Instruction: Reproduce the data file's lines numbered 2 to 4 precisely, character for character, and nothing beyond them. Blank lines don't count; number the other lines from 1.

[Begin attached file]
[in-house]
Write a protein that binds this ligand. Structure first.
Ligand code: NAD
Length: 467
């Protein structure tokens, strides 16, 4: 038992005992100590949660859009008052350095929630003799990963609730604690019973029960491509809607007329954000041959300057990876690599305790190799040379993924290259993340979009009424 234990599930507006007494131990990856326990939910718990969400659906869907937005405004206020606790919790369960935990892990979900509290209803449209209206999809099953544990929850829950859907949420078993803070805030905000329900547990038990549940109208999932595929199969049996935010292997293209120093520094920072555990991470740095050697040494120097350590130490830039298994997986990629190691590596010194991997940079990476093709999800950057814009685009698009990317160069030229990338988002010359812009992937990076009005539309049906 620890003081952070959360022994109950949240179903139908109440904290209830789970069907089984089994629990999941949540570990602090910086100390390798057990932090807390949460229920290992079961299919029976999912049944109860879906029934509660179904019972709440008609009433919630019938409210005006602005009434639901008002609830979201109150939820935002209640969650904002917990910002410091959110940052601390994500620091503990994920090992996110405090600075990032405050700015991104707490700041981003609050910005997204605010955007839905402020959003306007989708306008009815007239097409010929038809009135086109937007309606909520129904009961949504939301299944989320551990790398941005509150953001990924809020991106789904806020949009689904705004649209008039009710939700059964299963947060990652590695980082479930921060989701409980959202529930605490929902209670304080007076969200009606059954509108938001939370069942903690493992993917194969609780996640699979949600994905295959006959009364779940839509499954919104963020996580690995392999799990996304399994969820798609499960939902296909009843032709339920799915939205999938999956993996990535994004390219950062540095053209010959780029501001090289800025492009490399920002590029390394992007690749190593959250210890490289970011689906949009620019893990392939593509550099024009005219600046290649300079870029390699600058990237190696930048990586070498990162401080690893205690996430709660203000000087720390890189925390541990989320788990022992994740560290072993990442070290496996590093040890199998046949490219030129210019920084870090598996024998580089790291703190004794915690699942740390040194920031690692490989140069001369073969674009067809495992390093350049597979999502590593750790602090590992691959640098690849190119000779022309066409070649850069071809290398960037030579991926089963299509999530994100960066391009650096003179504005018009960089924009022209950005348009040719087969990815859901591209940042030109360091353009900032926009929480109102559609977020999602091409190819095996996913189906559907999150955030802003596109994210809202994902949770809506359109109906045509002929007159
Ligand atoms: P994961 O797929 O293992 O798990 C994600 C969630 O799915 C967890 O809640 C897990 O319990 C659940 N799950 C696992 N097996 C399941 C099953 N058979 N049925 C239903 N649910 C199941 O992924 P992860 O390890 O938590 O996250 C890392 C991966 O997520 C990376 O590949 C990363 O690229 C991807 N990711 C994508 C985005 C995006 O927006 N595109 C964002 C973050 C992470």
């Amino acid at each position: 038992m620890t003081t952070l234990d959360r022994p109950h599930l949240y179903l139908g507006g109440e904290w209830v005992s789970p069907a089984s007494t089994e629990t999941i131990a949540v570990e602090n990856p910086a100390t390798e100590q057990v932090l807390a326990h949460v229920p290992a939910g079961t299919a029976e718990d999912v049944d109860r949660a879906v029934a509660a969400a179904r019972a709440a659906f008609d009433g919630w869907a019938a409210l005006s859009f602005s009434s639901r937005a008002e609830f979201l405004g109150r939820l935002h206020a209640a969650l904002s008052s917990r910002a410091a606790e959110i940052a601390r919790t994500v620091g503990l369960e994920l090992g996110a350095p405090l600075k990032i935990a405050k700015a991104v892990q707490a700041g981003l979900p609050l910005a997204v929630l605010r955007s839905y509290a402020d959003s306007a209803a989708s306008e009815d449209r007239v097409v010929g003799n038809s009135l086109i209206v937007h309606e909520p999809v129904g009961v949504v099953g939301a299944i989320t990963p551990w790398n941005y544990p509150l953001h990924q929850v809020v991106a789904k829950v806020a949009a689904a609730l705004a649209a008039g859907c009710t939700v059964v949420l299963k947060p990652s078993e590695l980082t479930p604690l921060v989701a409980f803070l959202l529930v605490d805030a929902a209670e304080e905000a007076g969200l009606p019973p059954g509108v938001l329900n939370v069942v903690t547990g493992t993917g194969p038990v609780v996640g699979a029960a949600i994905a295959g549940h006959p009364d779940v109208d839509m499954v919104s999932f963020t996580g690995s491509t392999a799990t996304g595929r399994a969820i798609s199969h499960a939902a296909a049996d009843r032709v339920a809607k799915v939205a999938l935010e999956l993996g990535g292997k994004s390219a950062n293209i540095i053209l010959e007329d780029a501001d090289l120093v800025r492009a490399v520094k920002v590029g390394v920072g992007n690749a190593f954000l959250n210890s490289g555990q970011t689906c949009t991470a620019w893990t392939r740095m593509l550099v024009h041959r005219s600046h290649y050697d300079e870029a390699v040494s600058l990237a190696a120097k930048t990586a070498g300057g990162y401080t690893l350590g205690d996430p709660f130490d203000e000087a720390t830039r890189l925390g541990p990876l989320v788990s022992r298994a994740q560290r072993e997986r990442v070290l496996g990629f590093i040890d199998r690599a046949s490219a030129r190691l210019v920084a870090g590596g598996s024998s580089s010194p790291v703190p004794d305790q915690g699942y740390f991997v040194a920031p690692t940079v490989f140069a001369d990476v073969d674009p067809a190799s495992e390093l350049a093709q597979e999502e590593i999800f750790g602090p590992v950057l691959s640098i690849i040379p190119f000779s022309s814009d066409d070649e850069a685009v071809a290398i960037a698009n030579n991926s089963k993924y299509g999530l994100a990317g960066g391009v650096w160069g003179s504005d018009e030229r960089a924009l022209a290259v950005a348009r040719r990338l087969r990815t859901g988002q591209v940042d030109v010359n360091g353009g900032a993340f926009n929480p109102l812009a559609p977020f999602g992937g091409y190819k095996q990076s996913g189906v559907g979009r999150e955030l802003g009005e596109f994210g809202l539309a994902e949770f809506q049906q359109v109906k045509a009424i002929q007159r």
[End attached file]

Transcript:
Write a protein that binds this ligand. Structure first.
Ligand code: NAD
Length: 467